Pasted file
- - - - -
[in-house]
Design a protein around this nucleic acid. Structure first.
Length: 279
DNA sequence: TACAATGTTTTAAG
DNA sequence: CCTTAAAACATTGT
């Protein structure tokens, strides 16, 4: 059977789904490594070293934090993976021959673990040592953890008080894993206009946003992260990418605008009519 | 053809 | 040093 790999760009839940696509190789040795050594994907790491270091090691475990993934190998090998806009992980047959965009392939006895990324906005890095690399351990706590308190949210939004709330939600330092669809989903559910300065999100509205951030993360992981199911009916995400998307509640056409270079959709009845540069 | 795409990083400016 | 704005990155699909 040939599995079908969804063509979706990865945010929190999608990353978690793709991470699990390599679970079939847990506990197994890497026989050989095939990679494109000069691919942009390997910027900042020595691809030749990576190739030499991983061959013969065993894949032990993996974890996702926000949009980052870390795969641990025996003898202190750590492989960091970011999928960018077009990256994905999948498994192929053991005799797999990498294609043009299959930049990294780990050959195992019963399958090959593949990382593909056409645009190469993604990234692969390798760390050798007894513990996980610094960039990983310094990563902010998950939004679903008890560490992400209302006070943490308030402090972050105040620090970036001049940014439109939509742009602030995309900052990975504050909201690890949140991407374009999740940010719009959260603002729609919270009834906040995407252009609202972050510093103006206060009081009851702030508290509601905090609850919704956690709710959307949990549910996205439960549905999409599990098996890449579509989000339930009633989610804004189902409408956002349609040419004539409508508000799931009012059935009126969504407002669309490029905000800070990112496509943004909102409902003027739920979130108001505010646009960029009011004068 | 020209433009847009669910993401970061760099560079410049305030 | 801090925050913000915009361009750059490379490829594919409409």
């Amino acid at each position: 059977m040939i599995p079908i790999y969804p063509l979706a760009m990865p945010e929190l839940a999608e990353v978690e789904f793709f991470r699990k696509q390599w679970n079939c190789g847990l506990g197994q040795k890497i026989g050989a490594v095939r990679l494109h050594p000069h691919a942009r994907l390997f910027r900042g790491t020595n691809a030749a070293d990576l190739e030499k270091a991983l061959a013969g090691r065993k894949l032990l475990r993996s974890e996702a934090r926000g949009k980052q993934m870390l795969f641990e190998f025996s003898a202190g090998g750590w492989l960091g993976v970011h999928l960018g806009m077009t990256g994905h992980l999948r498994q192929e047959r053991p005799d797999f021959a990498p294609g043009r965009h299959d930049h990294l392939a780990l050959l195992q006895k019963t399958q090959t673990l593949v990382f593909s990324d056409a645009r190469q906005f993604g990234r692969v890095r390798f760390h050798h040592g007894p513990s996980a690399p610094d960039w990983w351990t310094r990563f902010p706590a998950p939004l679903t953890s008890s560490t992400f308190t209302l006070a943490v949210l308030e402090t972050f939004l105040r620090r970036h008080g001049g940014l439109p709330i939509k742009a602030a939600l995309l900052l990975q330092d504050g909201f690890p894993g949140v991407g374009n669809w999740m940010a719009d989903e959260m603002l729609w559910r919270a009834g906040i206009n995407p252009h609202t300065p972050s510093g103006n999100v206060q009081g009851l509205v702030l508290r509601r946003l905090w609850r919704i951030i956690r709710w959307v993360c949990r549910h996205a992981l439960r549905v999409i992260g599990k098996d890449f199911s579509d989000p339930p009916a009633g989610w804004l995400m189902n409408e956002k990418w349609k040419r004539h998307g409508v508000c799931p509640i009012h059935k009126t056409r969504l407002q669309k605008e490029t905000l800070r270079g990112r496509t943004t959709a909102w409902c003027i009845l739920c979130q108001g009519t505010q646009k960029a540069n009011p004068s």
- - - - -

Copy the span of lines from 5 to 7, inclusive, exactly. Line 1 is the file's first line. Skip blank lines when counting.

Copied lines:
DNA sequence: CCTTAAAACATTGT
């Protein structure tokens, strides 16, 4: 059977789904490594070293934090993976021959673990040592953890008080894993206009946003992260990418605008009519 | 053809 | 040093 790999760009839940696509190789040795050594994907790491270091090691475990993934190998090998806009992980047959965009392939006895990324906005890095690399351990706590308190949210939004709330939600330092669809989903559910300065999100509205951030993360992981199911009916995400998307509640056409270079959709009845540069 | 795409990083400016 | 704005990155699909 040939599995079908969804063509979706990865945010929190999608990353978690793709991470699990390599679970079939847990506990197994890497026989050989095939990679494109000069691919942009390997910027900042020595691809030749990576190739030499991983061959013969065993894949032990993996974890996702926000949009980052870390795969641990025996003898202190750590492989960091970011999928960018077009990256994905999948498994192929053991005799797999990498294609043009299959930049990294780990050959195992019963399958090959593949990382593909056409645009190469993604990234692969390798760390050798007894513990996980610094960039990983310094990563902010998950939004679903008890560490992400209302006070943490308030402090972050105040620090970036001049940014439109939509742009602030995309900052990975504050909201690890949140991407374009999740940010719009959260603002729609919270009834906040995407252009609202972050510093103006206060009081009851702030508290509601905090609850919704956690709710959307949990549910996205439960549905999409599990098996890449579509989000339930009633989610804004189902409408956002349609040419004539409508508000799931009012059935009126969504407002669309490029905000800070990112496509943004909102409902003027739920979130108001505010646009960029009011004068 | 020209433009847009669910993401970061760099560079410049305030 | 801090925050913000915009361009750059490379490829594919409409």
């Amino acid at each position: 059977m040939i599995p079908i790999y969804p063509l979706a760009m990865p945010e929190l839940a999608e990353v978690e789904f793709f991470r699990k696509q390599w679970n079939c190789g847990l506990g197994q040795k890497i026989g050989a490594v095939r990679l494109h050594p000069h691919a942009r994907l390997f910027r900042g790491t020595n691809a030749a070293d990576l190739e030499k270091a991983l061959a013969g090691r065993k894949l032990l475990r993996s974890e996702a934090r926000g949009k980052q993934m870390l795969f641990e190998f025996s003898a202190g090998g750590w492989l960091g993976v970011h999928l960018g806009m077009t990256g994905h992980l999948r498994q192929e047959r053991p005799d797999f021959a990498p294609g043009r965009h299959d930049h990294l392939a780990l050959l195992q006895k019963t399958q090959t673990l593949v990382f593909s990324d056409a645009r190469q906005f993604g990234r692969v890095r390798f760390h050798h040592g007894p513990s996980a690399p610094d960039w990983w351990t310094r990563f902010p706590a998950p939004l679903t953890s008890s560490t992400f308190t209302l006070a943490v949210l308030e402090t972050f939004l105040r620090r970036h008080g001049g940014l439109p709330i939509k742009a602030a939600l995309l900052l990975q330092d504050g909201f690890p894993g949140v991407g374009n669809w999740m940010a719009d989903e959260m603002l729609w559910r919270a009834g906040i206009n995407p252009h609202t300065p972050s510093g103006n999100v206060q009081g009851l509205v702030l508290r509601r946003l905090w609850r919704i951030i956690r709710w959307v993360c949990r549910h996205a992981l439960r549905v999409i992260g599990k098996d890449f199911s579509d989000p339930p009916a009633g989610w804004l995400m189902n409408e956002k990418w349609k040419r004539h998307g409508v508000c799931p509640i009012h059935k009126t056409r969504l407002q669309k605008e490029t905000l800070r270079g990112r496509t943004t959709a909102w409902c003027i009845l739920c979130q108001g009519t505010q646009k960029a540069n009011p004068s």